We have covered the technical aspects of lightning and surge arrestors, what has not been discussed is the financial side of it. Good surge arrestors are very expensive. Especially 10/350 rated devices, they can easily ring in at $1000 or more for a 3-phase arrestor suitable for a turbine alternator. It should be clear that a single surge arrestor is not going to cut it; The wires from the turbine need an arrestor on both ends, as well as all the other lines connected to the electronics (grid, PV panels etc.). That can bring the tab for serious surge arrestors to $2000 or so without trying too hard. That may not make sense for a small wind turbine worth the same, or for a location that rarely sees lightning. By the same token, it may make perfect sense for an exposed wind turbine with $50K invested in it. What is a person to do, besides turning to religion or drinking? As stated before, the first thing is to provide a good ground system. This can be done with relatively modest means, plus lots of sweat. What a good ground system buys you is that more of the surge energy goes directly to ground, leaving less for the equipment to deal with. This also means that you can use lesser/cheaper surge arrestors and still have a good chance they will be able to do their job when lightning hits. Do not forgo surge arrestors altogether though, they are still needed.
There is a line of surge arrestors that, while not the greatest, provides some protection for a relatively small price. They are made by Delta, ubiquitous in renewable energy installations (and Solacity stocks them, so let us know if you need any). These are silicon oxide based, basically pure fine-grained sand. They are a form of MOV (or SOV as the manufacturer likes to call it, due to the silicon in them). Delta arrestors are rated for 8/20 surges and have good current handling characteristics. If luck is on your side they will even eat a direct-strike. Once (you can tell a Delta arrestor has failed when their housing is blown open). What they do not do well, is their let-through voltage. Despite the manufacturer’s specs, others have measured far higher voltages before the arrestor starts conducting, and higher-yet voltages when large currents are passed through the device (in the thousands-of-Volts range). The other side of the coin is that they are cheap, and do offer a real level of protection on a budget. If this is enough to make the electronics survive is going to depend on the severity of the surge. In case of a direct strike the chances are slim, for indirect strikes your mileage may be better. In any event, if you are not going to invest in industrial-strength lightning protection then please do get a few Delta arrestors and place them in strategic locations. Try to stick to the wiring suggestions presented here, so the best possible use is made of them. You can see the use of Delta arrestors in our Scirocco wiring diagram. They are specified there as a bare minimum in surge protection.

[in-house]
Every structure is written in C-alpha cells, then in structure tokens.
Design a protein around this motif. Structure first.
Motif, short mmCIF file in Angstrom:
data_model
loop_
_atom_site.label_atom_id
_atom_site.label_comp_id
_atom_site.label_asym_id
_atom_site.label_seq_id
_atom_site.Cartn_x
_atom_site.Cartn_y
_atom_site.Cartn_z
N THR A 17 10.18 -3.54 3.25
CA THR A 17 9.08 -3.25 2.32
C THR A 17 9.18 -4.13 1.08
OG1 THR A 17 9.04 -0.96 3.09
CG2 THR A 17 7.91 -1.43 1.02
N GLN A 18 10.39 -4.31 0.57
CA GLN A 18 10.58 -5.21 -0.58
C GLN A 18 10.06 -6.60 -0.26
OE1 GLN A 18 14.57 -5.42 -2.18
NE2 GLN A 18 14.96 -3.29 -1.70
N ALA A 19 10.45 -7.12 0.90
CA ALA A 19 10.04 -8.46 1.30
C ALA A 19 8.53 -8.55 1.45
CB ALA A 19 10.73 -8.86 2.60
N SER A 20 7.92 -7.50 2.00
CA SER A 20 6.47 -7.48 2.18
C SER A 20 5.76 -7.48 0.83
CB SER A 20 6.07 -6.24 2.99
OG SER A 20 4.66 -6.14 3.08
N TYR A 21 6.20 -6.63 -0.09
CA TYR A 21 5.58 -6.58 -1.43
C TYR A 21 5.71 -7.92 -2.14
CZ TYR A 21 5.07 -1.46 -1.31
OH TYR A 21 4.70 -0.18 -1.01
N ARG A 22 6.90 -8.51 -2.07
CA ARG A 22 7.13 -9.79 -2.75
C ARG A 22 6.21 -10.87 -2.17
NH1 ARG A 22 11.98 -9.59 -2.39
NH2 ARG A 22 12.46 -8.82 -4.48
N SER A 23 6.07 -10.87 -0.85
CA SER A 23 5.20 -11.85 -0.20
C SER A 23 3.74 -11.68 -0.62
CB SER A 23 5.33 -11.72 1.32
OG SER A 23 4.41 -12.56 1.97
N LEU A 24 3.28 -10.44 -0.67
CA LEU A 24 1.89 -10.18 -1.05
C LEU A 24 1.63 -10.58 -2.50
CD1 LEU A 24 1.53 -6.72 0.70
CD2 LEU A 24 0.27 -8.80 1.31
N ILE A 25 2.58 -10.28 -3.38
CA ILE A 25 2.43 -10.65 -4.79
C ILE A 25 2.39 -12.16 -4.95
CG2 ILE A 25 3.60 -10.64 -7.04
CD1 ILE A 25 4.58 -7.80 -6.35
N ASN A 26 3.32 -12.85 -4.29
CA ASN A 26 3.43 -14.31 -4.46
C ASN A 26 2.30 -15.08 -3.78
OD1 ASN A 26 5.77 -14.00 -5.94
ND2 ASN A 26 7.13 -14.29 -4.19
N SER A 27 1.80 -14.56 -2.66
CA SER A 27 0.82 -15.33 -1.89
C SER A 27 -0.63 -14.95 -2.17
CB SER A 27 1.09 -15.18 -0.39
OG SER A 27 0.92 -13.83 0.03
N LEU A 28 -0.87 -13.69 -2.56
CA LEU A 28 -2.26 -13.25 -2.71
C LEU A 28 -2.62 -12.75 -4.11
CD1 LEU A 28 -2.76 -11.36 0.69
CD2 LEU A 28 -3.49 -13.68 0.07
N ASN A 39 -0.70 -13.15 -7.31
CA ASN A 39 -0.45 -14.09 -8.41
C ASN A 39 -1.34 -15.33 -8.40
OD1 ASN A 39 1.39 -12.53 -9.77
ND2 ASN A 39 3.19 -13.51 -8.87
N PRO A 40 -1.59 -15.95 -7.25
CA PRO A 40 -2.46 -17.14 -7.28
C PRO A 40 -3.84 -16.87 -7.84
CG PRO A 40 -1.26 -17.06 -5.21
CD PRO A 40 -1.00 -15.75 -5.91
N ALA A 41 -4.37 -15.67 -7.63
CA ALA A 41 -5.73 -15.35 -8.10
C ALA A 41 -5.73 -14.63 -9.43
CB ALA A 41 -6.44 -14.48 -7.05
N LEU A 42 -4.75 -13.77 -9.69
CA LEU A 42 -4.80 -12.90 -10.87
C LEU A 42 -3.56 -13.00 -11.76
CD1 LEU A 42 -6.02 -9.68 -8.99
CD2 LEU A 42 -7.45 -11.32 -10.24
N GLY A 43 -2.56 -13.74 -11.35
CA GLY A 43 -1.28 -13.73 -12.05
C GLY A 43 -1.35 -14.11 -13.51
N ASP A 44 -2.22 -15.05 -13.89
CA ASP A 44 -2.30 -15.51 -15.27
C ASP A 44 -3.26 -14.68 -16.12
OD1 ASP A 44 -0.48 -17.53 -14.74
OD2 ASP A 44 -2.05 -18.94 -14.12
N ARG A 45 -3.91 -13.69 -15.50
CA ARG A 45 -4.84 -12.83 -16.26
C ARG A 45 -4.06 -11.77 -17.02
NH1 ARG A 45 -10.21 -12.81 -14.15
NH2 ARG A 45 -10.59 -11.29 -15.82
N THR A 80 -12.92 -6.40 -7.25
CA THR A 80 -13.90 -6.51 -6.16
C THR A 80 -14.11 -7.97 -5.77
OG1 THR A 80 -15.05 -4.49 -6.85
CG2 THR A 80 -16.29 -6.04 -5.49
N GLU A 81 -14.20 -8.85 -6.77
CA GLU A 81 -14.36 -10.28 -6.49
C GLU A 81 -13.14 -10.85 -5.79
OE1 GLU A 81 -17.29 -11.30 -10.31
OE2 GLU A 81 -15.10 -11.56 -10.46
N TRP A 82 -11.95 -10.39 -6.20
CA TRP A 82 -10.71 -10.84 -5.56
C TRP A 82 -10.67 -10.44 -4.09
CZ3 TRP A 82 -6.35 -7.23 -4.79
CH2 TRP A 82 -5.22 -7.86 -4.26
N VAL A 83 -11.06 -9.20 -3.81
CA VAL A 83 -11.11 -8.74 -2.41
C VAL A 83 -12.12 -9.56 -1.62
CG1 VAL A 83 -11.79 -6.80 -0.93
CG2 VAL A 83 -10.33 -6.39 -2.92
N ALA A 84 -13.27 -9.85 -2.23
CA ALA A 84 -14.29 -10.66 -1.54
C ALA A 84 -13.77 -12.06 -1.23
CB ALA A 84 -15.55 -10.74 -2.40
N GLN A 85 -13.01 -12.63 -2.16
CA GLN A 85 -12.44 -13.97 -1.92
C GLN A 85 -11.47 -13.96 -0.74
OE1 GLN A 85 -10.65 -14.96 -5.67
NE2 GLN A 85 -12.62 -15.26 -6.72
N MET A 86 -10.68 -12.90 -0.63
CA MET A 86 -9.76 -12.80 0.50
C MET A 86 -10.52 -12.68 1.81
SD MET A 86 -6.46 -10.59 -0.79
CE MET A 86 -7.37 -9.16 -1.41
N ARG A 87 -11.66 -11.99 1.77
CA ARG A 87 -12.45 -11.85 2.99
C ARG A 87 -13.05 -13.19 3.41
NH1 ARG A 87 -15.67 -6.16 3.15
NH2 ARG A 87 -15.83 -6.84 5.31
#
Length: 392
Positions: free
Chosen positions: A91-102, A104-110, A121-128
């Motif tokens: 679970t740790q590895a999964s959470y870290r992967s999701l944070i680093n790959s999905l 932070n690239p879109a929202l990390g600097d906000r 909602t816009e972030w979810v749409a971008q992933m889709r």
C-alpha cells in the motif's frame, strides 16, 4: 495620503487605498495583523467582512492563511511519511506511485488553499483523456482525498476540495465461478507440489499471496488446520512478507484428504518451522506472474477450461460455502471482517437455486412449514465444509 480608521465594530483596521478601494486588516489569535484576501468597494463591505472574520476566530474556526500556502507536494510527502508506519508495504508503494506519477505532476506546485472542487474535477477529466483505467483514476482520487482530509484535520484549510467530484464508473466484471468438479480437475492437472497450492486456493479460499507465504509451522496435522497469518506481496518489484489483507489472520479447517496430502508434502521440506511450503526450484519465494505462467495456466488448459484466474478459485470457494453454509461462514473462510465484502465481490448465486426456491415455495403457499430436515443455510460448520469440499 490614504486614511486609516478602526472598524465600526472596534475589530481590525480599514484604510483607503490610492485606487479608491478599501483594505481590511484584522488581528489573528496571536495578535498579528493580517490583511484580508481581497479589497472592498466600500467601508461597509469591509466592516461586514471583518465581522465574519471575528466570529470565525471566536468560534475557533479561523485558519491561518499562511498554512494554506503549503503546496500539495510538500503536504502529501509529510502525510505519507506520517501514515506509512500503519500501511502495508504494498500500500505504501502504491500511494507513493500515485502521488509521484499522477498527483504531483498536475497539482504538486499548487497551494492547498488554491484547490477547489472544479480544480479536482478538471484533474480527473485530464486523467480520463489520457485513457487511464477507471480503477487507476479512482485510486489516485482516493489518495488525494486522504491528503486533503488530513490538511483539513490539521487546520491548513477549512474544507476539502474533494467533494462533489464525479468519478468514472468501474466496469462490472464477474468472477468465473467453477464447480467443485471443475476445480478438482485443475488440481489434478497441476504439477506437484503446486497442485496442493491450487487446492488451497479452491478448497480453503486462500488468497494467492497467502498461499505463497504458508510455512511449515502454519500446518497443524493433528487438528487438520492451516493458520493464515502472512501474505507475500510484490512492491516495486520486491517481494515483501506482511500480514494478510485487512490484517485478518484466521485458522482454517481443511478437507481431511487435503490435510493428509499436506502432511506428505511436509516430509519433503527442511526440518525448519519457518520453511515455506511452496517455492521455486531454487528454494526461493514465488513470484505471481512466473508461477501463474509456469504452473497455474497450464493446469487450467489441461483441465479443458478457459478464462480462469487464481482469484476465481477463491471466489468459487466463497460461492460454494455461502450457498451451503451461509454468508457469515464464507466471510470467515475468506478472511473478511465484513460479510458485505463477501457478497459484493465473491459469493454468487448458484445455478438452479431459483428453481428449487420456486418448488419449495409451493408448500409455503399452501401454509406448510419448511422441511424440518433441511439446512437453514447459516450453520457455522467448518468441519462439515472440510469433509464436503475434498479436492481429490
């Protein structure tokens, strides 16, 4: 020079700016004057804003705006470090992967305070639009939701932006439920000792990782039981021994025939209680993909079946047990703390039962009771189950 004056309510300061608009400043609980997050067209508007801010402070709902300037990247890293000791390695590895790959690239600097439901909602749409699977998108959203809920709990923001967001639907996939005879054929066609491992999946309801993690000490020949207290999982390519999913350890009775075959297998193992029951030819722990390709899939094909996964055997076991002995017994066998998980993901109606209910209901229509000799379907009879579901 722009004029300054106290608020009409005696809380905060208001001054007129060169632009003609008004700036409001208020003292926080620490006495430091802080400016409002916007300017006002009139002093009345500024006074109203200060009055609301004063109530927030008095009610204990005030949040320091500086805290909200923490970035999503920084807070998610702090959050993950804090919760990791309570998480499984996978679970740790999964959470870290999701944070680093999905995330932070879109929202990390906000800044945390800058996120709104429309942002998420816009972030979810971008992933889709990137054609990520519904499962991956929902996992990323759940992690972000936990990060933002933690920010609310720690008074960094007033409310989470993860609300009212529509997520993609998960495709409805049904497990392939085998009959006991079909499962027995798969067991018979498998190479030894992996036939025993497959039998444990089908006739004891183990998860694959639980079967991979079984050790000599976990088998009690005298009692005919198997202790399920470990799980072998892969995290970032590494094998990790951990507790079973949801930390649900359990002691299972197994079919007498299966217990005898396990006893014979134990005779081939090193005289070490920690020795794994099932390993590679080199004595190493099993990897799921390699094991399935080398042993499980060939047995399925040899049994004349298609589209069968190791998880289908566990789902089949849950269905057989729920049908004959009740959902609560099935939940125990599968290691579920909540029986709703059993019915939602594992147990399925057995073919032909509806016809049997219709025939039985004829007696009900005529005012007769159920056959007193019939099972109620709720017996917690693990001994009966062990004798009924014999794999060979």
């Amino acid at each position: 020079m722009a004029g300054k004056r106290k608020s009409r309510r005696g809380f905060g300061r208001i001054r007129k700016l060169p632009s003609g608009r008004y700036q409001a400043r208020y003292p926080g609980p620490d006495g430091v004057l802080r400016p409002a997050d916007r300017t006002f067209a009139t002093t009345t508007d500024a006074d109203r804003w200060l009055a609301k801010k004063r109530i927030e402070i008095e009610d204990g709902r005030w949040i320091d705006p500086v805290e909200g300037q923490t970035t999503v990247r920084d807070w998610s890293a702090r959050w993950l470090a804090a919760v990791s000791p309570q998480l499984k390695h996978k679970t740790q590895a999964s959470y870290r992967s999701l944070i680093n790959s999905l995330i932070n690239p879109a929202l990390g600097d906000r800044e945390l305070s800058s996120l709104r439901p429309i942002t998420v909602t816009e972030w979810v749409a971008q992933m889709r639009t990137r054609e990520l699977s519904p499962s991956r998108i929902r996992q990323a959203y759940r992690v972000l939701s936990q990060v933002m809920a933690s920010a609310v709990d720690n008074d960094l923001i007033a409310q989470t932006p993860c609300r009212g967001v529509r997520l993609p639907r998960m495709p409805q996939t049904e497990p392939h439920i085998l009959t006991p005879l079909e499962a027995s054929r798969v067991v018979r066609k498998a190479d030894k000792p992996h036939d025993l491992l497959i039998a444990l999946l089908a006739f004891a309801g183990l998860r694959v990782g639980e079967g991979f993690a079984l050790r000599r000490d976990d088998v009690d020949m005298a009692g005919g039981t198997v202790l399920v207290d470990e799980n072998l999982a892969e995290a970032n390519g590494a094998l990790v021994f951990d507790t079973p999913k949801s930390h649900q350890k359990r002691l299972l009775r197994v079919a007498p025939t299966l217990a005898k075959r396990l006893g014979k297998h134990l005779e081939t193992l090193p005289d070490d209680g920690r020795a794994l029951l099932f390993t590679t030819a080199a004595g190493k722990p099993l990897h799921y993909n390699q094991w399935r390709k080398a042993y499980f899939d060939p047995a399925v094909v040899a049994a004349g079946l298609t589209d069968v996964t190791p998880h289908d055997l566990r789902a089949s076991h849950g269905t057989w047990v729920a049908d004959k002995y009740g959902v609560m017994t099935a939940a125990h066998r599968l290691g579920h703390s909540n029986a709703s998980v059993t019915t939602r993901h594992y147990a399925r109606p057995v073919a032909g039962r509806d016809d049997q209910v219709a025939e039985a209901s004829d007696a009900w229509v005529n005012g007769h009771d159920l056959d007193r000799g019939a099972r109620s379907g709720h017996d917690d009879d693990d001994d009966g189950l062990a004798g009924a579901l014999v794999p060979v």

There is another type of surge arrestors that works well, are a little more expensive than Delta but still modestly priced, and with very predictable (and low) let-through Voltages: Those are MidNite Solar’s line of MNSPD sure protectors. These are made for several rated Voltages, both AC and DC, and are internally made up from a number of large MOVs that eat the surge. They have an LED that lights up when the unit is functioning, and when the internal fuse is blown the LED stays dark, that is how you know the unit is no longer functioning. MidNite does not specify what waveform these units are tested or certified for. While their current ratings are high, 50+ kA, it will not be at more than an 8/20 waveform (if that). Still, their let-through Voltage is low enough to provide real protection for electronic devices. They make excellent secondary (surge) arrestors, at a good price (and Solacity stocks them, just contact us if you need any). Make sure to keep the leads short, when connecting them, and don’t coil up any excess wire!
The Delta surge arrestors are good for outside; at the foot of the tower with the stop-switch (for a wind turbine), or at the solar array. Combine this with the MidNite MNSPD arrestors inside, or in the equipment room, on the AC wiring coming in from a turbine, the DC from solar panels, and lastly the AC again that comes out of the inverter (to protect against secondary surges coupling into things like well-pump wiring). If there is a reasonably long line from your inverter to your house distribution panel you could also add another Delta or MidNite arrestor right at the house panel. With lightning it is a matter of divide-and-conquer, and a combination of devices at strategic locations will give you a level of real protection on a budget.
We hope you have found our lightning protection information helpful. If you have any questions, suggestions, corrections, or other comments please let us know. and may Wodan, the old Germanic god of lightning, be smiling upon you!